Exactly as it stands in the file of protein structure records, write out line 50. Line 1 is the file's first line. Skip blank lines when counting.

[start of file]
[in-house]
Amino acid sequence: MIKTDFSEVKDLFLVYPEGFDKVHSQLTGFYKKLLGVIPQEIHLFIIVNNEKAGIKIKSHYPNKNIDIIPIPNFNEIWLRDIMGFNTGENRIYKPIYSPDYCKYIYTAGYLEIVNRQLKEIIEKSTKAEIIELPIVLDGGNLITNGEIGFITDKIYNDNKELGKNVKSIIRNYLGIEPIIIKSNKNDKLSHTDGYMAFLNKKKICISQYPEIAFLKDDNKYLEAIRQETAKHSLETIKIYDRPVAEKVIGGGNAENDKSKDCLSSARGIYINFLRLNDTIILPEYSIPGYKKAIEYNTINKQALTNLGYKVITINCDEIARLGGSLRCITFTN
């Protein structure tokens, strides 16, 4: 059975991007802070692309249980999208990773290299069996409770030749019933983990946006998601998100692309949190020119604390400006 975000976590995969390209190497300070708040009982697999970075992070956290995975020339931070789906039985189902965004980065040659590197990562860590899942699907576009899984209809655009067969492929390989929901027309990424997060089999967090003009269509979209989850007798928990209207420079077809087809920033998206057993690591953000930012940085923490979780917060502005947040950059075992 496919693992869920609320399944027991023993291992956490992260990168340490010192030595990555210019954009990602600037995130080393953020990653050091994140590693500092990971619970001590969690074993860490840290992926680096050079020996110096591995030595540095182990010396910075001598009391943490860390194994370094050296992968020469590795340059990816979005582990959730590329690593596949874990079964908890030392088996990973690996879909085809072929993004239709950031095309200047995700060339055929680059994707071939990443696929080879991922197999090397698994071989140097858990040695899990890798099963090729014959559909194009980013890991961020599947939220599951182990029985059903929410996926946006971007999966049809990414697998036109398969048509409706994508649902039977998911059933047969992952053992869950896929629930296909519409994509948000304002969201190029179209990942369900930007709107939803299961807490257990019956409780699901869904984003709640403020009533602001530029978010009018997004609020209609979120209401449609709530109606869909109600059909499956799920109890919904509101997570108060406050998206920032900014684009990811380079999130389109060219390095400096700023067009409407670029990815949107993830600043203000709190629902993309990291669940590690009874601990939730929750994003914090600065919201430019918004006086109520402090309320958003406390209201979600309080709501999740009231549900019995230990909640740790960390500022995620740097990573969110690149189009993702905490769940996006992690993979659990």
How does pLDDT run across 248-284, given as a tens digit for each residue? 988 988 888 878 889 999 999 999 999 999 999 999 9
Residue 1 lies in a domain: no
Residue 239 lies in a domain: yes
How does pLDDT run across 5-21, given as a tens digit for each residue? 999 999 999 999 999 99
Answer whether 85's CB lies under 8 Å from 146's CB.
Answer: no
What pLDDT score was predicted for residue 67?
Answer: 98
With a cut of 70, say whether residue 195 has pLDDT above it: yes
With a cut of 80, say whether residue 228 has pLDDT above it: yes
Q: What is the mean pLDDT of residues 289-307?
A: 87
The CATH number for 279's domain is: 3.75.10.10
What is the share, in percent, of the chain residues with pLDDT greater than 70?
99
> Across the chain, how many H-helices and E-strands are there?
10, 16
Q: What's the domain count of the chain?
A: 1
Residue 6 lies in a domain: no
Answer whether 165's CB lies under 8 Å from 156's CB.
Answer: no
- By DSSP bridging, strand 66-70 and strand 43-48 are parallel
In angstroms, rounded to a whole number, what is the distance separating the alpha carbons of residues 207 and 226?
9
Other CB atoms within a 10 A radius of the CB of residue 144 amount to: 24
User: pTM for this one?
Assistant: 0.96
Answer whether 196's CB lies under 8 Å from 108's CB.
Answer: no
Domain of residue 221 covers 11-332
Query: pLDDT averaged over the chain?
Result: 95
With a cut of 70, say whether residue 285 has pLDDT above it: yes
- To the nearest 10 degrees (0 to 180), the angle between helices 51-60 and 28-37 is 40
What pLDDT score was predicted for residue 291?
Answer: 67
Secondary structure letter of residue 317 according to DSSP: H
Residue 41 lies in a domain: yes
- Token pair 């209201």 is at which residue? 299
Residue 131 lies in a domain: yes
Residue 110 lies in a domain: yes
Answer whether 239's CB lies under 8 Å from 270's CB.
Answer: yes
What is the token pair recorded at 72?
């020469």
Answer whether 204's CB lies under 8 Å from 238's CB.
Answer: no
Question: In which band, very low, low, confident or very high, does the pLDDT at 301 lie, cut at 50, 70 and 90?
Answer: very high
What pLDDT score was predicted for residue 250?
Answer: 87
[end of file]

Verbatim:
Answer whether 204's CB lies under 8 Å from 238's CB.